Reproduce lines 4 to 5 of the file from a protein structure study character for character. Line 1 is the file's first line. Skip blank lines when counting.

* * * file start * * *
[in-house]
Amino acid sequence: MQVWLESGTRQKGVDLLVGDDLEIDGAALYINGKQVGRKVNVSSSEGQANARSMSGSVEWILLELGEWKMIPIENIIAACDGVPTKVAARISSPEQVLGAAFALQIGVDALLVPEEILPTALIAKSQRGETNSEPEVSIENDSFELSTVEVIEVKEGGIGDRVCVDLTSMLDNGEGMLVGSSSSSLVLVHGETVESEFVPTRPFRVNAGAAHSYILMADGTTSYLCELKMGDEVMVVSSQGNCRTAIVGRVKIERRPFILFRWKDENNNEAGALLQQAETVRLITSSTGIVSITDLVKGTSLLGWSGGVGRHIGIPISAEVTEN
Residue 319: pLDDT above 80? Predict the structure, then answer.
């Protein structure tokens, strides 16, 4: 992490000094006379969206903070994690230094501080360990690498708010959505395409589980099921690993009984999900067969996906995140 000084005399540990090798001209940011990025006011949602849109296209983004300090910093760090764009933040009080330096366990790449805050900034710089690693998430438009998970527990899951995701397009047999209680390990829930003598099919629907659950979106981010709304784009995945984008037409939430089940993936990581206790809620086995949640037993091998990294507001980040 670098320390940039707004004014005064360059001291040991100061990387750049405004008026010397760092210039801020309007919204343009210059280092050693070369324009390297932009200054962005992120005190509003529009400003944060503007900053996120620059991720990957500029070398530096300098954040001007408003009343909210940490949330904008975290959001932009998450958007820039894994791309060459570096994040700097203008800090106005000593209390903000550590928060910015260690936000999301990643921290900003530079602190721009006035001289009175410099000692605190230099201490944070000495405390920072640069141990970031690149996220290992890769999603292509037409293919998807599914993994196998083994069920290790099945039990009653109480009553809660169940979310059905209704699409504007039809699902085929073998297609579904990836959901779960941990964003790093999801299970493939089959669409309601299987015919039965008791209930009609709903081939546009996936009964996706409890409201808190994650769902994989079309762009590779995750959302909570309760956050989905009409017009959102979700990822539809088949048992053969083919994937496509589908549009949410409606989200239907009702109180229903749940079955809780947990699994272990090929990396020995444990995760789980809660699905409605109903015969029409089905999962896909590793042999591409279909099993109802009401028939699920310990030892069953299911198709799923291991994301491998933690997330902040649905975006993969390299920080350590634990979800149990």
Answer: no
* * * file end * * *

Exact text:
């Protein structure tokens, strides 16, 4: 992490000094006379969206903070994690230094501080360990690498708010959505395409589980099921690993009984999900067969996906995140 000084005399540990090798001209940011990025006011949602849109296209983004300090910093760090764009933040009080330096366990790449805050900034710089690693998430438009998970527990899951995701397009047999209680390990829930003598099919629907659950979106981010709304784009995945984008037409939430089940993936990581206790809620086995949640037993091998990294507001980040 670098320390940039707004004014005064360059001291040991100061990387750049405004008026010397760092210039801020309007919204343009210059280092050693070369324009390297932009200054962005992120005190509003529009400003944060503007900053996120620059991720990957500029070398530096300098954040001007408003009343909210940490949330904008975290959001932009998450958007820039894994791309060459570096994040700097203008800090106005000593209390903000550590928060910015260690936000999301990643921290900003530079602190721009006035001289009175410099000692605190230099201490944070000495405390920072640069141990970031690149996220290992890769999603292509037409293919998807599914993994196998083994069920290790099945039990009653109480009553809660169940979310059905209704699409504007039809699902085929073998297609579904990836959901779960941990964003790093999801299970493939089959669409309601299987015919039965008791209930009609709903081939546009996936009964996706409890409201808190994650769902994989079309762009590779995750959302909570309760956050989905009409017009959102979700990822539809088949048992053969083919994937496509589908549009949410409606989200239907009702109180229903749940079955809780947990699994272990090929990396020995444990995760789980809660699905409605109903015969029409089905999962896909590793042999591409279909099993109802009401028939699920310990030892069953299911198709799923291991994301491998933690997330902040649905975006993969390299920080350590634990979800149990």
Answer: no